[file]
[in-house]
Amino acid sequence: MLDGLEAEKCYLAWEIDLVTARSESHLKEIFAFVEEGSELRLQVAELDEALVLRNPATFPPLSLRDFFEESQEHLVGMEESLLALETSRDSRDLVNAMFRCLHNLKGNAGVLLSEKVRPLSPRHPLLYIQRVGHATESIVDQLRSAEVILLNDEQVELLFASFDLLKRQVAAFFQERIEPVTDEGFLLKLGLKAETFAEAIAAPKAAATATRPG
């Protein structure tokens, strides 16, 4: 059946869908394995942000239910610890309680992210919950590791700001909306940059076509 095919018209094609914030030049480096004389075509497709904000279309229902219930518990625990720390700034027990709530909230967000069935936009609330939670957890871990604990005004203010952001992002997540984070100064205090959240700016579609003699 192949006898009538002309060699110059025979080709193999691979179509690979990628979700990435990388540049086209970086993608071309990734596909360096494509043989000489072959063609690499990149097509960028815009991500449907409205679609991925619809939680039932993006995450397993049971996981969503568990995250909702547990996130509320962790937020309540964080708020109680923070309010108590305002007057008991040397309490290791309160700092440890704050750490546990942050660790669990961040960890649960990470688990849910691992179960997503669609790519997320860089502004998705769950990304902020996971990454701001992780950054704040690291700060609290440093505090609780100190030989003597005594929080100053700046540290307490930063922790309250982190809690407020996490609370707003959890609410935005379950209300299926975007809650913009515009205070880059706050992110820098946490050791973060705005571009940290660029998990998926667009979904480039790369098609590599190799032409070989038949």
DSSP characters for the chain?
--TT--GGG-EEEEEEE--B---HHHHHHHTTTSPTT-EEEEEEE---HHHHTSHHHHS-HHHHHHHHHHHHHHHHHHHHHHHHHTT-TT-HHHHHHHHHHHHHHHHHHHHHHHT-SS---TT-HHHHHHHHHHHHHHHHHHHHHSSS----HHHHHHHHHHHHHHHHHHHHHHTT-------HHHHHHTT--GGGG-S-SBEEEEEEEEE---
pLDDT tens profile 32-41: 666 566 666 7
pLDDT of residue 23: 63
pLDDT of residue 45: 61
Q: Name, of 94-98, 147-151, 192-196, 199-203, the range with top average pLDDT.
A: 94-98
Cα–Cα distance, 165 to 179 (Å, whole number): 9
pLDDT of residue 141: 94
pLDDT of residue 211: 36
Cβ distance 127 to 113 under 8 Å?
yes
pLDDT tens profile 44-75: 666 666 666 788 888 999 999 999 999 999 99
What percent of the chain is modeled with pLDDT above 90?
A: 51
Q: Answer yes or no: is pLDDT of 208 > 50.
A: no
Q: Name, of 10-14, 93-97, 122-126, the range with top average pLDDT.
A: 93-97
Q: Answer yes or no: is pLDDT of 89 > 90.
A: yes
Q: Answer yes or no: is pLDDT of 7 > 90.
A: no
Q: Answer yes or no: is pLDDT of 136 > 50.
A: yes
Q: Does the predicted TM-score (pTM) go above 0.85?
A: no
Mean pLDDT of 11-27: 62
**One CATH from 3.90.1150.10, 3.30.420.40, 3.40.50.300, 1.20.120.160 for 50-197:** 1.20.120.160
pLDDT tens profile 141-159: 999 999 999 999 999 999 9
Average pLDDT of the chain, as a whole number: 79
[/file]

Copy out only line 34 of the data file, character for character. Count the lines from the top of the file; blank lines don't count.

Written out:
Average pLDDT of the chain, as a whole number: 79